When Observations Collide…A Grand Canyon Story

Two stories are out there about the Grand Canyon: one says the canyon is young (cut in the past 5 million years), one says it is old (cut by about 70 million years ago). Why is this?  Fundamentally it is because one group is tied to one observation and another to another. This sort of thing happens in earth science (most intractably in the controversy over the Cretaceous location of British Columbia) and can lead to immense frustration.

Here, the idea that the canyon is young is fairly longstanding and largely based on the absence of detritus from the upper Colorado River in sediments deposited in the vicinity of Lake Mead (the Muddy Creek Formation, should you wish to look it up).  There are workarounds that have been (and continue to be suggested), so let’s not focus on that particular problem now.  There are two pieces of evidence that are close together and whose interpretations are mutually incompatible: a new-fangled radiometric age date and a classic old school geologic outcrop.

The first is a radiometric age (well, several ages) from basement rock in the western Grand Canyon. These particular ages look at how helium has escaped from apatite crystals containing uranium and thorium (which decay to produce the helium).  When things are warm, you lose the helium easily, but cool down in the 120-20°C range and the helium starts to accumulate. The particularly recent variant on this technique (helium 3/4 dating) looks at the distribution of helium in the crystal to constrain the temperature history of that particular sample. What Becky Flowers and colleagues got from the western Grand Canyon is this:

GCHeData

 

Now it is really hard to be buried much when the temperature has to be below 30°C since 60 or 70 million years ago. So they interpret this to mean that the western canyon more or less existed to its present depth for a long time.  And this isn’t as shocking as it might seem as there are paleocanyons nearby nearly as deep that were filled with sediment about that old.

OK, so the canyon is old?  Well, consider this next item, which has been emphasized by Dick Young for awhile (he’s worked in the canyon since long before it was the object of such scrutiny).  Perched near the rim of the inner part of the western Grand Canyon, not far from where Flowers and company got their samples, you find this little hill:

SepCny

That butte on the right has a basalt flow at the top and some light colored sedimentary rocks just below.  There is no way all that relief nearby existed when those rocks were created, and they are about 20 million years old. So there is no way there was a deep open western Grand Canyon during this time, right?

Now what is in the literature is skepticism aimed at one set of observations or the other.  And your first instinct might be that this is the most likely cause of the discrepancy: somebody screwed up. Such challenges can be healthy, but from where GG sits, it is unlikely either group really messed up. Is there a solution? GG likes to think so; we’ll have to see if the folks actually doing the work end up with the same conclusion… The key is that you have to honor the observations, but you can ditch any interpretations you don’t like…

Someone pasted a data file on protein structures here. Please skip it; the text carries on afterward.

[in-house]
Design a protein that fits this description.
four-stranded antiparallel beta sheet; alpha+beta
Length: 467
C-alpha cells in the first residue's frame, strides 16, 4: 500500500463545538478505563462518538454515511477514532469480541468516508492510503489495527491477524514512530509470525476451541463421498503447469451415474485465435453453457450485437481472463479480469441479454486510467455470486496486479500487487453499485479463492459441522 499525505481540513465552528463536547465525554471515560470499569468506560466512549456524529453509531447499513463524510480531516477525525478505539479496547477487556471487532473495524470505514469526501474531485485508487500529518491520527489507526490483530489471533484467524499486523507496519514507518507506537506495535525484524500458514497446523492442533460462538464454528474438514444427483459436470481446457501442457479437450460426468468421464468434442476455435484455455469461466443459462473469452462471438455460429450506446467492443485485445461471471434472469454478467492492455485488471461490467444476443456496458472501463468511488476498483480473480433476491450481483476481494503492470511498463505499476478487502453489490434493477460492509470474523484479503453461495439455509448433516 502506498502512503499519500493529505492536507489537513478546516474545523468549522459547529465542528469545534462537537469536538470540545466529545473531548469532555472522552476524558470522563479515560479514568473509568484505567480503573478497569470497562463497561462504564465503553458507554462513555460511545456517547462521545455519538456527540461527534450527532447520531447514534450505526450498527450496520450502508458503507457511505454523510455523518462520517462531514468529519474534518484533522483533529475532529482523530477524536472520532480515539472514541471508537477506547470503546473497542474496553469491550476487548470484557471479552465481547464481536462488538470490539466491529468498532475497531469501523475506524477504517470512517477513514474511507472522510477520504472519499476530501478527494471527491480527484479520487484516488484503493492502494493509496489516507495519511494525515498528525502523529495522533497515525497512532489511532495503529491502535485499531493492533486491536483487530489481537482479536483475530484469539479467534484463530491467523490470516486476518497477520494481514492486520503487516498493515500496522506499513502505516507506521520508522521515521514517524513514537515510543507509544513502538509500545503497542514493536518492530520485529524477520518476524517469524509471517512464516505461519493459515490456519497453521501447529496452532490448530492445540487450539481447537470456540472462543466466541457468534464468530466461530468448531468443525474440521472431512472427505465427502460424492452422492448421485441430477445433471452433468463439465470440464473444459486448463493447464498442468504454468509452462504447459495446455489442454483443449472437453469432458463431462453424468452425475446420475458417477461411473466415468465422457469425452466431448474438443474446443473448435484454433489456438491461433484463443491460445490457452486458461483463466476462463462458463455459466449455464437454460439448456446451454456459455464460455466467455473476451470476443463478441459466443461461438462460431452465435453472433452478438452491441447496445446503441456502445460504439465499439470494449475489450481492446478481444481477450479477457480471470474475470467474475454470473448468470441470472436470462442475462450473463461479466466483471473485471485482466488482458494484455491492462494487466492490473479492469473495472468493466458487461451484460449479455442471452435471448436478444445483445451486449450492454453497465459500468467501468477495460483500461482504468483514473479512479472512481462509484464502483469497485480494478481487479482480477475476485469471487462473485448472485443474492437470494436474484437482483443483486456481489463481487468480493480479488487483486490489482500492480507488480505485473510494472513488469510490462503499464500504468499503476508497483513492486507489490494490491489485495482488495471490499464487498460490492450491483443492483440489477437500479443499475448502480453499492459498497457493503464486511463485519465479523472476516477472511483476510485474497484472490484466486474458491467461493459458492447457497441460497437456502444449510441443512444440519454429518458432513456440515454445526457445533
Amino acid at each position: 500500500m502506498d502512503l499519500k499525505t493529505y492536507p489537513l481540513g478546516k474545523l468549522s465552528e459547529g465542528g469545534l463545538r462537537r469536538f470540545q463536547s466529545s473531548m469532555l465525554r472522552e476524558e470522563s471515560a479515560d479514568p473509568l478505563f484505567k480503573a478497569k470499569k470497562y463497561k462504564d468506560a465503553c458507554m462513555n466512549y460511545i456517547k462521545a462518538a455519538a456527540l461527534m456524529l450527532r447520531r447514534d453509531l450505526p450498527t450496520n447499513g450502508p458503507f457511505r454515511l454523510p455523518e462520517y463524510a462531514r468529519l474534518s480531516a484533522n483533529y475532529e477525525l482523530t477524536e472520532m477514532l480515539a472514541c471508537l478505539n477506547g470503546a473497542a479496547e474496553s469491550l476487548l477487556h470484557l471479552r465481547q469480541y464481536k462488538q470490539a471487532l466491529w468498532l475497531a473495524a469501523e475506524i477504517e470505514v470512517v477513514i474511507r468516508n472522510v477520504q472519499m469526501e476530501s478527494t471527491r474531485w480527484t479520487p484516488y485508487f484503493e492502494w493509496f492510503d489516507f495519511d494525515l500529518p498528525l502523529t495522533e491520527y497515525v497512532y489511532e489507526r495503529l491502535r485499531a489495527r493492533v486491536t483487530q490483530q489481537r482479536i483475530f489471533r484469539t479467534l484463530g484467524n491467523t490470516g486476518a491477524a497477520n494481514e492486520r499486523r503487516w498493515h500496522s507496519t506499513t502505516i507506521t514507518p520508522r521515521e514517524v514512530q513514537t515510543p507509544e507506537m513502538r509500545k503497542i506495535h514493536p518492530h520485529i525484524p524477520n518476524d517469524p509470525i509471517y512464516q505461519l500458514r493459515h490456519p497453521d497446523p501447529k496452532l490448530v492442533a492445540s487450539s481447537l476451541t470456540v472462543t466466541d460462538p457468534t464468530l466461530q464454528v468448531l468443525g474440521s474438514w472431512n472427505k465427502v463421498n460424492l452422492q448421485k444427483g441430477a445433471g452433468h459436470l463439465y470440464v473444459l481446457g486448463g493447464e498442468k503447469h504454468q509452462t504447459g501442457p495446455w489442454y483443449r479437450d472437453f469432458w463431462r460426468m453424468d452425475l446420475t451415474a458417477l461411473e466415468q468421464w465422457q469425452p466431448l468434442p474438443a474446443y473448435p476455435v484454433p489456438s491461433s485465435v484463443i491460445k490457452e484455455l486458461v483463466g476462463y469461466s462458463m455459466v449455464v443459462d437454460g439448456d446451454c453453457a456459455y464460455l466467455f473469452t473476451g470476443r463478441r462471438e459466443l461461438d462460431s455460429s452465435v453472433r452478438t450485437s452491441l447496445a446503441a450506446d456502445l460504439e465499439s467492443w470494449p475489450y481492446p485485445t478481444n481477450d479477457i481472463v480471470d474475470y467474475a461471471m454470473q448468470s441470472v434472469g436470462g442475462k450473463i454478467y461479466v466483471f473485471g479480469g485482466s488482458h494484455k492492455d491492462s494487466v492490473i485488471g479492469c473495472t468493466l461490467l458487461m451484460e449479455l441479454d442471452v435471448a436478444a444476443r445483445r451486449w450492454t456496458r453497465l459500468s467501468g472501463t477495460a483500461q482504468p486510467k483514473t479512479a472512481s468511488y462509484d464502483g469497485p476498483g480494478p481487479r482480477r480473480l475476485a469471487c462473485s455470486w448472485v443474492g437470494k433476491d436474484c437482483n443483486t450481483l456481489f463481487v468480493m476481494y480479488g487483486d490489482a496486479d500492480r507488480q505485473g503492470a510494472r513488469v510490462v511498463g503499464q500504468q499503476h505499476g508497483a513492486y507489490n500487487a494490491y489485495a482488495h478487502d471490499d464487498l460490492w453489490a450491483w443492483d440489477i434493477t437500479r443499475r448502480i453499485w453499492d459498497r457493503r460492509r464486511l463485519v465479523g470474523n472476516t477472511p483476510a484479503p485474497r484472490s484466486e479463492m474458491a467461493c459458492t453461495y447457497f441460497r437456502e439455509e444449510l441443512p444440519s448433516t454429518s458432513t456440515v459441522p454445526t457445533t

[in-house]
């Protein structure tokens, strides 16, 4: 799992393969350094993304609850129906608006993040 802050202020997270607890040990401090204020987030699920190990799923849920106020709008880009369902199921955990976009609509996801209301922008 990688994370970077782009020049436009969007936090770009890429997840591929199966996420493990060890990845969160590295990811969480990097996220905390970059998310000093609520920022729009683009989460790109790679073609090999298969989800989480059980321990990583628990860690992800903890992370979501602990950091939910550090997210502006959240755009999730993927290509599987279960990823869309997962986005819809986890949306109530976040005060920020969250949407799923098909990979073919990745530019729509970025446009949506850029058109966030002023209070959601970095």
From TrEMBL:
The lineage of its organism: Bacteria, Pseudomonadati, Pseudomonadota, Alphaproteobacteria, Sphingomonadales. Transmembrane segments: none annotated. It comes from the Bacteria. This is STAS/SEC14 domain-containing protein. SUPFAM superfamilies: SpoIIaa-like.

Well, we can see that the paleocanyons that were nearly as deep as the modern canyon filled with sediment (pay the Hualapai Nation and drive down from Peach Springs to see for yourself–it is pretty breathtaking).  How could this happen if the western Grand Canyon remained open? It seems hard to figure, and when you throw in exposures like that butte above, it seems impossible. So what has to happen if we fill the canyon (not the whole way, but up to about the level in the photo above)? To match the helium ages, we need the rocks at the canyon bottom to stay cool.  Is this possible?  Well, maybe.  The common geochronological assumption is to equate temperature with depth at something like 20 degrees C per kilometer, but this is a very imperfect description of reality.  For instance, in South Dakota there is an area where things are surprisingly cold in the subsurface in one area and surprisingly warm in another, but on the surface you would have no reason to suspect any such silliness.  In the South Dakota case it is hydrology doing the dirty work: cold surface water descending into sediments keep the rock refrigerated, but as that water moves laterally it warms as it absorbs that heat, and when it comes back up it is quite toasty. Similar things happen with the Snake River aquifer and, probably, the Coconino aquifer on much of the Colorado Plateau. Could something like that be happening here?  Could we have had cold water finding its way down the sediments that filled the ancient Grand Canyon? The sediments filling the canyon were fairly coarse grained and so excellent aquifers: if there was a downhill for the water to go, it seems quite possible to get the cold water down there (this would mean the area had to stay kind of high for a long time, which makes this potentially a more far-reaching result).  Could we really fill and then reexhume a canyon? It turns out that we don’t have to speculate too much on that: the Salt River Canyon just south of the Colorado Plateau looks to have done just that, but enough of the sedimentary record was preserved there to make the story clear. (This canyon also reversed direction, which looks to also be the case with the western Grand Canyon).

While it may well turn out that this idea is utter hogwash, it does suggest that maybe things aren’t as incompatible as it might seem.  The basic point to note is that you want to focus on the observations and not as much on the interpretations in cases where interpretations collide. 

 

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